Mistake
This is the misreading of a scale or faulty equipment.
Suspect results
These are results that lie well outside the normal range e.g. points well away from a line or curve of best fit. They often arise from mistakes in measurement. These should be recordedand reason for discarding noted by the candidate.
How is the uncertainty in the measurement of a quantity estimated?1.Estimation of uncertainty using the spread of repeat readings.
Suppose the value a quantity
x
is measured several times and a series of differentvalues obtained:
x
1
,
x
2
,
x
3
……..
x
n
. [Normally, in our work,
n
will be a small number, say 3 or 5].Unless there is reason to suspect that one of the results is seriously out [i.e. it isanomalous], the best estimate of the true value of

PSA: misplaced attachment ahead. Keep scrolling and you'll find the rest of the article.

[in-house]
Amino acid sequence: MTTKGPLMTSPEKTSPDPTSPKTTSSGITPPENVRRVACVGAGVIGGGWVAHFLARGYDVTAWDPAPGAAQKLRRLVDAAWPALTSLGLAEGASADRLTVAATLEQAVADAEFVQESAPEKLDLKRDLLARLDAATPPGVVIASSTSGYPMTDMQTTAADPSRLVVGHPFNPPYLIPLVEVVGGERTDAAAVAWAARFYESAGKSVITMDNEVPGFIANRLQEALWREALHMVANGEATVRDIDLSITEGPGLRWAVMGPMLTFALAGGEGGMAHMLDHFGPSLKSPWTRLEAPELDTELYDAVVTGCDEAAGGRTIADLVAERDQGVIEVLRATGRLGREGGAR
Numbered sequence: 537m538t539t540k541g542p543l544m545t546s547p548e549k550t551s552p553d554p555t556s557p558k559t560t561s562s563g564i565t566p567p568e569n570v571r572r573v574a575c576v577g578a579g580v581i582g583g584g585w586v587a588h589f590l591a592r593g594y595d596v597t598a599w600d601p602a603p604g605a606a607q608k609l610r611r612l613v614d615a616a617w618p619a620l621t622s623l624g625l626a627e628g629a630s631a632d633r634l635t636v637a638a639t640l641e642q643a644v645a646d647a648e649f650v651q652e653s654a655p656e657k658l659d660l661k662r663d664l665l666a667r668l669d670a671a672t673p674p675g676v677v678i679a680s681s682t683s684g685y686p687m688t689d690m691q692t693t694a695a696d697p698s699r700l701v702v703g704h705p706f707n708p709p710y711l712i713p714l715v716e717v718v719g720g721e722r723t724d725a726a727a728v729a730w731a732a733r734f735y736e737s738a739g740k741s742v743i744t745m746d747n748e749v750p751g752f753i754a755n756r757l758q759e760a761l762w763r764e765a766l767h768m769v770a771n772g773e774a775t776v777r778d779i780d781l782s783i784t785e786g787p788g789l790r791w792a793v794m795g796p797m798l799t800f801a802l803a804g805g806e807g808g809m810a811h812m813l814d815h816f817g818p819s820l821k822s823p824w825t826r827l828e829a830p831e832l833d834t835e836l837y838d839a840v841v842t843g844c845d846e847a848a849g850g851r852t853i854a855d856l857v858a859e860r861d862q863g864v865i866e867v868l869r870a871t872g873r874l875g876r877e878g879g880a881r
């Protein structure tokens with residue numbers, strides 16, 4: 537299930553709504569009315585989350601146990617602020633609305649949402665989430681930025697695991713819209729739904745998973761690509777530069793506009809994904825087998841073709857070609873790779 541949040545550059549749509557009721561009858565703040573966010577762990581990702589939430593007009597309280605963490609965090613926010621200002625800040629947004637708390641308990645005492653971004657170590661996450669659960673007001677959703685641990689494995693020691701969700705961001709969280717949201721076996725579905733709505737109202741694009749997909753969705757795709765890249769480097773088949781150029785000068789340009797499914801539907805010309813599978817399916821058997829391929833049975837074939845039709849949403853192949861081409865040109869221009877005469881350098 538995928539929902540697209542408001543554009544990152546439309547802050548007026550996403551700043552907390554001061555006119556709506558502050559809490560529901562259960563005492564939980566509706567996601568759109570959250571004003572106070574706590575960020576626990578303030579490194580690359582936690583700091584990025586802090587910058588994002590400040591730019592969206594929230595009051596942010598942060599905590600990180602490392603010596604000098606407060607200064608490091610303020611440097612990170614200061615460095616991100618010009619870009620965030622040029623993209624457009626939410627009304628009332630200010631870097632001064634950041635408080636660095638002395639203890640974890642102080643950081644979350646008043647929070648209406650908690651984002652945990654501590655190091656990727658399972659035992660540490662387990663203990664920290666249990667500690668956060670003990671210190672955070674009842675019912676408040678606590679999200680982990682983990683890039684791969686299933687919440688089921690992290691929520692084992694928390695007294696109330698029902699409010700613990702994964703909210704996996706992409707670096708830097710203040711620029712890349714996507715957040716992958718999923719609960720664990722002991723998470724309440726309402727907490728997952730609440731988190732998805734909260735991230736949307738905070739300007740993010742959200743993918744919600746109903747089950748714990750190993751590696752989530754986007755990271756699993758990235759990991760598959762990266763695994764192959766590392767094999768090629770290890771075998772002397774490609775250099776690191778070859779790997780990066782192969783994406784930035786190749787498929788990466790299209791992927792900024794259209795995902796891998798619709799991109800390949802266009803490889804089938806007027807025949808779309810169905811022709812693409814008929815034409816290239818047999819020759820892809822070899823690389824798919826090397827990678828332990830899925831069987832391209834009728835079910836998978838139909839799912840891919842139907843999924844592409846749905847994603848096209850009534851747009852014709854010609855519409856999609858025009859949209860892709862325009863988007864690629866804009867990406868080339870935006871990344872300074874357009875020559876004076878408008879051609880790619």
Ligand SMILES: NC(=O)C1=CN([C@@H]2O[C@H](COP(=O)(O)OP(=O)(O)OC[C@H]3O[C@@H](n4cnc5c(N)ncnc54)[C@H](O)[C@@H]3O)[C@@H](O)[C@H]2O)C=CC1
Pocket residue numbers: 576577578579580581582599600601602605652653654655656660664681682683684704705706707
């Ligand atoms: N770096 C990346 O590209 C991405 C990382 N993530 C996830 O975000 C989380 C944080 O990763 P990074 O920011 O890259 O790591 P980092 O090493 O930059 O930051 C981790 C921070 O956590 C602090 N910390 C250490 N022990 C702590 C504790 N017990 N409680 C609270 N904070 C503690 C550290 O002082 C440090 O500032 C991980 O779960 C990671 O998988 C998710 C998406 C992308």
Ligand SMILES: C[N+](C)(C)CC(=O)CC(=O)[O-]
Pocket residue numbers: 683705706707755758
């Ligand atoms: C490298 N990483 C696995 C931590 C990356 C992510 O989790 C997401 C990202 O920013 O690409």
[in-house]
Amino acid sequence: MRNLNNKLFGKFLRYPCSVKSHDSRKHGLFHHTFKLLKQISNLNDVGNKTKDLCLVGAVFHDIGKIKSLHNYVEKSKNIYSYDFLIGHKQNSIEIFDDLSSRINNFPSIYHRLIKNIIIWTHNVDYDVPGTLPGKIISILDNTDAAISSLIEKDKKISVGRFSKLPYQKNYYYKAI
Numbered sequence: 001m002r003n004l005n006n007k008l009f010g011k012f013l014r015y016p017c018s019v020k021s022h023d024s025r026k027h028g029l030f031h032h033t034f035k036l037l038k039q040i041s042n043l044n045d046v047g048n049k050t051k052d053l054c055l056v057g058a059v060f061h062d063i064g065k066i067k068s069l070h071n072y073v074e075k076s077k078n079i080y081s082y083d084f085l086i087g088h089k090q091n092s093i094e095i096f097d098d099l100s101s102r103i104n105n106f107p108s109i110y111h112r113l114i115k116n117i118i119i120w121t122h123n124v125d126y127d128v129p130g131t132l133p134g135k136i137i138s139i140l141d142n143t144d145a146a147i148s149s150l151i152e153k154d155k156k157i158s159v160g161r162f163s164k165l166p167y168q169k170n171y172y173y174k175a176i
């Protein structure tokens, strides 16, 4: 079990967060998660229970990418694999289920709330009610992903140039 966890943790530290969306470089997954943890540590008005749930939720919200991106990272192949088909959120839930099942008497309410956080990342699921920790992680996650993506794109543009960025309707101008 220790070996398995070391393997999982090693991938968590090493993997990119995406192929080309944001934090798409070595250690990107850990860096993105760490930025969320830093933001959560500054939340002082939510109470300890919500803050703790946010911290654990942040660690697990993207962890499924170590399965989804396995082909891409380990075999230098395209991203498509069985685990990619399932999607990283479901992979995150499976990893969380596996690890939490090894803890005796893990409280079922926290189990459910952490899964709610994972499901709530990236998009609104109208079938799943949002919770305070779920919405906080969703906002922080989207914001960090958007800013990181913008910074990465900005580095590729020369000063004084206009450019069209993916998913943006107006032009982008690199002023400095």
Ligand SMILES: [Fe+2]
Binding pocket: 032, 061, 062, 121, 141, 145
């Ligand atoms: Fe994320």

x
is the arithmetic mean of thereadings:Mean value
1 2
........
n
x x x xn
+ +=
A reasonable estimate of the uncertainty is ½ the range:i.e.
maxmin
2
x xu
−=
, where
max
x
is the maximum and
min
x
the minimum reading of
x
[ignoring any anomalous readings]
Example
The following results were obtained for the time it took for an object to roll down aslope.4.5 s, 4.8 s, 4.6 s, 5.1 s, 5.0 sThe best estimate of the true time is given by the mean which is:4.54.84.65.15.04.8s5
t
+ + + += =
The uncertainty,
u
, is given by:5.14.50.3s2
u
−= =
The final answer and uncertainty should be quoted, with units, to the same no. of decimal places and the uncertainty to 1 sig. figi.e.
t
= 4.8 ± 0.3 s Note that, even if the initial results had be taken to the nearest 0.01 s, i.e. theresolution of an electronic stopwatch, the final result would still be given to 0.1 s because the first significant figure in the uncertainty is in the first place after thedecimal point.The percentage uncertainty,
p
0.3100%6%4.8
= × =
. Again,
p
is only expressed to 1 s.f.